15. Hu J, Chan PT, Wu F, Wu S, Zhang J, Lin X, Wong MH (2013) Arbuscular mycorrhizal fungi induce differential Cd and P acquisition by Alfred stonecrop (Sedum alfredii Hance) and upland kangkong (Ipomoea aquatica Forsk.) in an intercropping system. Appl Soil Ecol 63:29–35

  16. Hu J, Lin X, Wang J, Cui X, Dai J, Chu H, Zhang J (2010) Arbuscular mycorrhizal fungus enhances P-acquisition of wheat (Triticum aestivum L.) in a sandy loam soil with long-term inorganic fertilization regime. Appl Microbiol Biotechnol 88:781–787

  17. Khan AG (2005) Role of soil microbes in the rhizospheres of plants growing on trace metal contaminated soils in phytoremediation. J Trace Elem Med Biol 18:355–364

  18. Li H, Ye ZH, Chan WF, Chen XW, Wu FY, Wu SC, Wong MH (2011) Can arbuscular mycorrhizal fungi improve grain yield, As uptake and tolerance of rice grown under aerobic conditions? Environ Pollut 159:2537–2545

  19. Li JT, Qiu JW, Wang XW, Zhong Y, Lan CY, Shu WS (2006) Cadmium contamination in orchard soils and fruit trees and its potential health risk in Guangzhou, China. Environ Pollut 143:159–165

  20. Marschner H (1995) Mineral nutrition of higher plants, 2nd edn. Academic, London

  21. McGrath SP, Lombi E, Gray CW, Caille N, Dunham SJ, Zhao FJ (2006) Field evaluation of Cd and Zn phytoextraction potential by the hyperaccumulators Thlaspi caerulescens and Arabidopsis halleri. Environ Pollut 141:115–125

  22. Requena N (2005) Measuring quality of service: phosphate ‘à la carte’ by arbuscular mycorrhizal fungi. New Phytol 157:555–567

  23. Rodriguez O, Sellers G, Sinnett D, Moffat A, Hutchings T (2010) Use of remediated soil materials for sustainable plant growth. Land Contam Reclam 18:25–39

  24. Sadowsky MJ (1999) Phytoremediation: past promises and future practices. In: Bell CR, Brylinsky M, Johnson-Green P (eds) Proceedings of the 8th international symposium on microbial ecology. Atlantic Canada Society for Microbial Ecology, Halifax, pp 1–7

  25. Sand S, Becker W (2012) Assessment of dietary cadmium exposure in Sweden and population health concern including scenario analysis. Food Chem Toxicol 50:536–544

  26. SEPAC (1995) Environment quality standard for soils (GB 15618–1995). State Environmental Protection Administration of China, Beijing

  27. Tabatabai MA (1982) Soil enzymes. In: Page AL, Miller RH, Keeney DR (eds) Methods of soil analyses, part 2, chemical and microbiological properties, 2nd edn. American Society of Agronomy, Madison, pp 903–947

  28. ter Braak CJF, Prentice IC (1988) A theory of gradient analysis. Adv Ecol Res 34:235–282

  29. Van Nevel L, Mertens J, Oorts K, Verheyen K (2007) Phytoextraction of metals from soils: how far from practice? Environ Pollut 150:34–40

  30. Wagner GJ (1993) Accumulation of cadmium in crop plants and its consequences to human health. Adv Agron 51:173–212

  31. Wang FY, Lin XG, Yin R (2007a) Inoculation with arbuscular mycorrhizal fungus Acaulospora mellea decreases Cu phytoextraction by maize from Cu-contaminated soil. Pedobiologia 51:99–109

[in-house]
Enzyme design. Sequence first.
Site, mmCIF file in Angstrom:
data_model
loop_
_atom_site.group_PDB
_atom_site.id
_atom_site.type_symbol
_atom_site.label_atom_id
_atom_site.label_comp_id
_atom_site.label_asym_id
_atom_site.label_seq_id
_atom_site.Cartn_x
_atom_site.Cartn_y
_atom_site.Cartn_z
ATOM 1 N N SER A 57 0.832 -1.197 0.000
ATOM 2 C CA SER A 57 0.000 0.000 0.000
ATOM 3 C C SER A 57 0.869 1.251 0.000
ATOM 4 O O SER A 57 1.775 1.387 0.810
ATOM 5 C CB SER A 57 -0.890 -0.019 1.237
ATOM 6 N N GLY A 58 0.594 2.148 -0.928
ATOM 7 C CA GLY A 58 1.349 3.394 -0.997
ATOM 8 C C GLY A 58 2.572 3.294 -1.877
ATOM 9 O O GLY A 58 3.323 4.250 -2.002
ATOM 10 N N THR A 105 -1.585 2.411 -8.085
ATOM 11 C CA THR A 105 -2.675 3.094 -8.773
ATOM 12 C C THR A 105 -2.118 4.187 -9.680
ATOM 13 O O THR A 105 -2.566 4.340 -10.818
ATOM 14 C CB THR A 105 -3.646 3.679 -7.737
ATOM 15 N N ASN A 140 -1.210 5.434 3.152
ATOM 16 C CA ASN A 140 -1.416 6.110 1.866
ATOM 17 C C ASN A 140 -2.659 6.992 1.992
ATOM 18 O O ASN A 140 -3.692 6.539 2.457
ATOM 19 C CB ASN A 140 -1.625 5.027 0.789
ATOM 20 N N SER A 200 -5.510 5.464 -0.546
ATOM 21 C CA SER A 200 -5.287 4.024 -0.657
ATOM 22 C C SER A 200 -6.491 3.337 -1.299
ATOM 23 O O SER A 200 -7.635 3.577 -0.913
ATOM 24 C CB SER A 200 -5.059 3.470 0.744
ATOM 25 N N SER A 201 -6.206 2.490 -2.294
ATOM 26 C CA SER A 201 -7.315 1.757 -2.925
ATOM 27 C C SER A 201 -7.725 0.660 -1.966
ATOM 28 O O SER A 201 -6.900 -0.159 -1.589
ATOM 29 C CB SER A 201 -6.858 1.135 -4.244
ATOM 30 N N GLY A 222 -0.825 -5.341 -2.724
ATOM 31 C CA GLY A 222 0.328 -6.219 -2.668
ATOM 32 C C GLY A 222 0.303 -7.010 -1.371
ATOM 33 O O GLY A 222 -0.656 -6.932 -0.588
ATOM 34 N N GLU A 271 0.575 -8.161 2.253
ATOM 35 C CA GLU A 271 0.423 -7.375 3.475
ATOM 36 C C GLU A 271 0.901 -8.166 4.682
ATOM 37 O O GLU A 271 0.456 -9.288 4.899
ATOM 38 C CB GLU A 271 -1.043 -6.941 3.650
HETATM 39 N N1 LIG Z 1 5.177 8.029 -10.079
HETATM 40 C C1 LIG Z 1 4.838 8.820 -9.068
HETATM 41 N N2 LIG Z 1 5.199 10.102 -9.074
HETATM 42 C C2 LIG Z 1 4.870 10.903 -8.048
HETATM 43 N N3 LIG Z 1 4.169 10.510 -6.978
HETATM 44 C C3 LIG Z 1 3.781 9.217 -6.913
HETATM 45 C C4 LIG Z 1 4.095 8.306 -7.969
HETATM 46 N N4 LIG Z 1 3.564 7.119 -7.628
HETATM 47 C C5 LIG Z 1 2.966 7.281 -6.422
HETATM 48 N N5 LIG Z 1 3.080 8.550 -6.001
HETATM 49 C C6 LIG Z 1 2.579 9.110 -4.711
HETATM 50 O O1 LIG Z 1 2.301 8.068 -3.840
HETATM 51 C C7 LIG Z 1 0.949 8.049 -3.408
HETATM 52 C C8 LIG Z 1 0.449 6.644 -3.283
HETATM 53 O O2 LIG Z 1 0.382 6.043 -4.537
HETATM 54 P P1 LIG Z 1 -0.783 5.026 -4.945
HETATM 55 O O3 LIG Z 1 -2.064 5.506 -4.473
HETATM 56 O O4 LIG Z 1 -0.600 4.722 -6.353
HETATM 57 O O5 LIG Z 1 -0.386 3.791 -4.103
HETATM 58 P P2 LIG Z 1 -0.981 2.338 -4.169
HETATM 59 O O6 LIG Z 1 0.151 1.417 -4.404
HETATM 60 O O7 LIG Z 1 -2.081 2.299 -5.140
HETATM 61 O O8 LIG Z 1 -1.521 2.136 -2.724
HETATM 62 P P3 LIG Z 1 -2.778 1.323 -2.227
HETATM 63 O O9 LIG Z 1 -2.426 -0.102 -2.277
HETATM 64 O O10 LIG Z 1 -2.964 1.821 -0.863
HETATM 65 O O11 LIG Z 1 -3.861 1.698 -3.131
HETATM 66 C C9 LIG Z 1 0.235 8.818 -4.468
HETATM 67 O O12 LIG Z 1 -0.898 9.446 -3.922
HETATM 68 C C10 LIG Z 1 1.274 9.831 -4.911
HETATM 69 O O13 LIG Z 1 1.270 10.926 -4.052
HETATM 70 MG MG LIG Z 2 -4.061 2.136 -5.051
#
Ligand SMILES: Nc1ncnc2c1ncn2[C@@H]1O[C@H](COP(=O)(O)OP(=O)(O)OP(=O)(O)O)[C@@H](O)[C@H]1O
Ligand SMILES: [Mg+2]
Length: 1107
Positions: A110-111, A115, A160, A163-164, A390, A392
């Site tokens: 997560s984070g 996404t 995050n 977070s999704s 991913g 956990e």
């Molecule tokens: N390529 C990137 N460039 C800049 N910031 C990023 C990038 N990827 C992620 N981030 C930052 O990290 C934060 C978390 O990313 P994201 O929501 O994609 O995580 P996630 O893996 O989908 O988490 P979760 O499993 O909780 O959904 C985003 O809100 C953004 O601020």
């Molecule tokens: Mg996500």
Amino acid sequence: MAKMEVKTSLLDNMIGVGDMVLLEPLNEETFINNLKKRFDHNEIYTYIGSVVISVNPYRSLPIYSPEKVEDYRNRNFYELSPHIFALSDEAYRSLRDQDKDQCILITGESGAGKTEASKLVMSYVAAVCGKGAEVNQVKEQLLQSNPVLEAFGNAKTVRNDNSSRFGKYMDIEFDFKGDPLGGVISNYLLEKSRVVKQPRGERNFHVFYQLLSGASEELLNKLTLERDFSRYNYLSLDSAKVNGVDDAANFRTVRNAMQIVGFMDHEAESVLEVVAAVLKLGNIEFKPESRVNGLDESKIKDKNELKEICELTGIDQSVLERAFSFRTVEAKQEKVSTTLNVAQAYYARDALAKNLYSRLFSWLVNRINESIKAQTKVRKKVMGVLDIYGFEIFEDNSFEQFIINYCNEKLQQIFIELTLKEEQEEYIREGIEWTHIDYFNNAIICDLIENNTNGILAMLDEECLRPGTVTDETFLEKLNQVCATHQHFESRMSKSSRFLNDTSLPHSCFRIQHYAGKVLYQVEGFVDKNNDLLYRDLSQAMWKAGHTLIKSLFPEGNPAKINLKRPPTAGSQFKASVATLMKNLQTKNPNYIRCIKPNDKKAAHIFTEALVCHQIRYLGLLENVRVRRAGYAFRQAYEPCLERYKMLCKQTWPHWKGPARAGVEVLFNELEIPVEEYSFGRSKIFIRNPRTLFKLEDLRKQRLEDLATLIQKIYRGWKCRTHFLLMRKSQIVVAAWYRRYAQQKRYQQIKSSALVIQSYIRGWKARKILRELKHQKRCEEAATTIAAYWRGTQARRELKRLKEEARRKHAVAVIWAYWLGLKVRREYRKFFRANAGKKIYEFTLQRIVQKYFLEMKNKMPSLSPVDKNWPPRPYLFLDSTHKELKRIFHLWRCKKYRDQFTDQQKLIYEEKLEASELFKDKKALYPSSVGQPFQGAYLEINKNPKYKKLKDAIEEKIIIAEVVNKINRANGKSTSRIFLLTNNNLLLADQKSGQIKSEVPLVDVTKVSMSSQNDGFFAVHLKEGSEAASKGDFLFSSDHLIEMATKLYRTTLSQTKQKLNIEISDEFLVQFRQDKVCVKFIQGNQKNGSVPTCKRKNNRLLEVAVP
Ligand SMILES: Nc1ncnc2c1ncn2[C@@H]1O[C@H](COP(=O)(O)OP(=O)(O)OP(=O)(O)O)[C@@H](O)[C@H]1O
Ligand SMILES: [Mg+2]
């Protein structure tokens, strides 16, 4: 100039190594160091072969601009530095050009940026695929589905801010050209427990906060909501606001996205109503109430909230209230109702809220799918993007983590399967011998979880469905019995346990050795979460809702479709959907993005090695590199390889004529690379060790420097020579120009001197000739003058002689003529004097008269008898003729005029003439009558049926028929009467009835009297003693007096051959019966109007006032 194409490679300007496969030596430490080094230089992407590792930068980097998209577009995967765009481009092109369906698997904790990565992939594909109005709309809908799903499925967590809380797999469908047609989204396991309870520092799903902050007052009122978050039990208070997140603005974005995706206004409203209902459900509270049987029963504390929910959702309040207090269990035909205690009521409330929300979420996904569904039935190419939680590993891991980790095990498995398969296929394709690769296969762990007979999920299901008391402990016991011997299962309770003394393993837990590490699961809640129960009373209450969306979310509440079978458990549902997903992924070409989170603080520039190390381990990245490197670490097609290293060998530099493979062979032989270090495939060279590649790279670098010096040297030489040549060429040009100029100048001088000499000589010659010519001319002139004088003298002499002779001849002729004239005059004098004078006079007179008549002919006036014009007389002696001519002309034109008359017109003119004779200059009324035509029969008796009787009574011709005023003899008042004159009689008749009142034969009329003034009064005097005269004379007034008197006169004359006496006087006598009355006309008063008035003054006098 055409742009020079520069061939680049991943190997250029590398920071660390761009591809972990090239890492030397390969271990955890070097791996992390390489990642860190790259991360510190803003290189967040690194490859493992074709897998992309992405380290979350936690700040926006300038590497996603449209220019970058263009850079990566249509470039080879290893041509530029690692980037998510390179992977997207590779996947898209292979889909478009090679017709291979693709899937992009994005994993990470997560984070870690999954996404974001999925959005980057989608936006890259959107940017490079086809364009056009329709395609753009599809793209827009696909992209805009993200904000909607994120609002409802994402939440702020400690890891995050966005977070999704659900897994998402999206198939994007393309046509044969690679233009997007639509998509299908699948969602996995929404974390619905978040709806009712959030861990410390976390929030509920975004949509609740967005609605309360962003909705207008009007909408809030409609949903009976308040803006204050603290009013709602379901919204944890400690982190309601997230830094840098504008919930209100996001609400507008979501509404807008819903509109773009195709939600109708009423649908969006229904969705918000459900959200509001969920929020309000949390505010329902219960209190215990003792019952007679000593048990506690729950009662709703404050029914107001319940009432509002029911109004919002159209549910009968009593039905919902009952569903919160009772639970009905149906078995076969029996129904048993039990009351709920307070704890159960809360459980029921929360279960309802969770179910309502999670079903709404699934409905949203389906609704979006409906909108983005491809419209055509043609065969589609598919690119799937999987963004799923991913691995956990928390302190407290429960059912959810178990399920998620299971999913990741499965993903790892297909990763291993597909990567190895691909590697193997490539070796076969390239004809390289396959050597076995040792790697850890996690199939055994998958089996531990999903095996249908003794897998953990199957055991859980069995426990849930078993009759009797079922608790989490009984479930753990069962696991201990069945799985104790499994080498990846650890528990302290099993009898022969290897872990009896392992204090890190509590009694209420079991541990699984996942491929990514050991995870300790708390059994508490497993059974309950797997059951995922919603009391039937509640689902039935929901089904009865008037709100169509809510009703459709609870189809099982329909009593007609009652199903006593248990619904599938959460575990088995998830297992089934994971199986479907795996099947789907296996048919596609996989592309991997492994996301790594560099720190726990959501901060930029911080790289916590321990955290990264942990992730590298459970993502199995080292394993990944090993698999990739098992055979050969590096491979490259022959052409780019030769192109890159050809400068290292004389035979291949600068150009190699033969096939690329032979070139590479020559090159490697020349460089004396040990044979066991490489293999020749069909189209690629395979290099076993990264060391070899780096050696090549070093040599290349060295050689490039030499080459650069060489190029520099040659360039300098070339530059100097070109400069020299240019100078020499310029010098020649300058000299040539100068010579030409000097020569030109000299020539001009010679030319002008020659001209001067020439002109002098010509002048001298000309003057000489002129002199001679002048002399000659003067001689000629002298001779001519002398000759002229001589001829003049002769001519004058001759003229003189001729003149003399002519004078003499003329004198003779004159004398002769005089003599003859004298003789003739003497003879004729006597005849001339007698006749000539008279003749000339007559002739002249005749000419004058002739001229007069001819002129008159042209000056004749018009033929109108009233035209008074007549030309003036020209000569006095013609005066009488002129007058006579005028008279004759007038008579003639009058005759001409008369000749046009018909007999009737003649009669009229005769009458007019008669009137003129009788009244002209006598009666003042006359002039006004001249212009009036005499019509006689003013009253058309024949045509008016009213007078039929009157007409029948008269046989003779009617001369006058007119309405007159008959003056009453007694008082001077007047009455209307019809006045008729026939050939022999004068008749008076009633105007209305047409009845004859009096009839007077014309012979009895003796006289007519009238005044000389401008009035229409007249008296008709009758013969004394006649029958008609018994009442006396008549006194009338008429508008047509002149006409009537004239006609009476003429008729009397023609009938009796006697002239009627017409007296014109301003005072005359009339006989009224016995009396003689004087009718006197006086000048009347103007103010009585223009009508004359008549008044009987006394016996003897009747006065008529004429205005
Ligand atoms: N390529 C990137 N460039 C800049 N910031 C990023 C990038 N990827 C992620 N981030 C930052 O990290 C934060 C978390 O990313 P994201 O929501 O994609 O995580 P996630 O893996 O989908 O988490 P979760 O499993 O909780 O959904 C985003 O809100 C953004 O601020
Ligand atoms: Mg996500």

32. Wang FY, Lin XG, Yin R (2007b) Role of microbial inoculation and chitosan in phytoextraction of Cu, Zn, Pb and Cd by Elsholtzia splendens—a field case. Environ Pollut 147:248–255

  33. Wang FY, Lin XG, Yin R, Wu LH (2006) Effects of arbuscular mycorrhizal inoculation on the growth of Elsholtzia splendens and Zea mays and the activities of phosphatase and urease in a multi-metal-contaminated soil under unsterilized conditions. Appl Soil Ecol 31:110–119

  34. Yang XE, Long XX, Ye HB, Calvert DV, Stoffella PJ (2004) Cadmium tolerance and hyperaccumulation in a new Zn-hyperaccumulating plant species (Sedum alfredii Hance). Plant Soil 259:181–189

  35. Yang Y, Zhang FS, Li HF, Jiang RF (2009) Accumulation of cadmium in the edible parts of six vegetable species grown in Cd-contaminated soils. J Environ Manage 90:1117–1122

Download references

Acknowledgments

We wish to acknowledge Dr. Bing Li, Mr. Zhiyun Dai, and Mr. Xun Wang of Sun Yat-sen University for their assistance in field sampling and Mr. King Wai Chan, Dr. Ho Man Leung, and Mr. Cheung Lung Lam of Hong Kong Baptist University for their assistance in greenhouse experiment and sample analysis. We are also grateful to Ms. Sue Fung and two anonymous reviewers for their useful comments and suggestions on manuscript revision and English editing. This work was supported by the General Research Fund (HKBU 261510) and Special Equipment Grant (SEG HKBU09) of the Research Grants Council of Hong Kong and the Mini-AoE (Area of Excellence) Fund (RC/AOE/08-09/01) of Hong Kong Baptist University.

Author information

Correspondence to Xiangui Lin or Ming Hung Wong.

Additional information

Responsible editor: Elena Maestri

Rights and permissions

Reprints and Permissions

About this article

Cite this article

Hu, J., Li, J., Wu, F. et al. Arbuscular mycorrhizal fungi induced differential Cd and P phytoavailability via intercropping of upland kangkong (Ipomoea aquatica Forsk.) with Alfred stonecrop (Sedum alfredii Hance): post-harvest study. Environ Sci Pollut Res 20, 8457–8463 (2013). https://doi.org/10.1007/s11356-013-1903-7

Download citation

Keywords

  • DTPA-extractable Cd
  • Glomus caledonium
  • Glomus versiforme
  • Metal stabilization
  • Phytoremediation
  • Soil acid phosphatase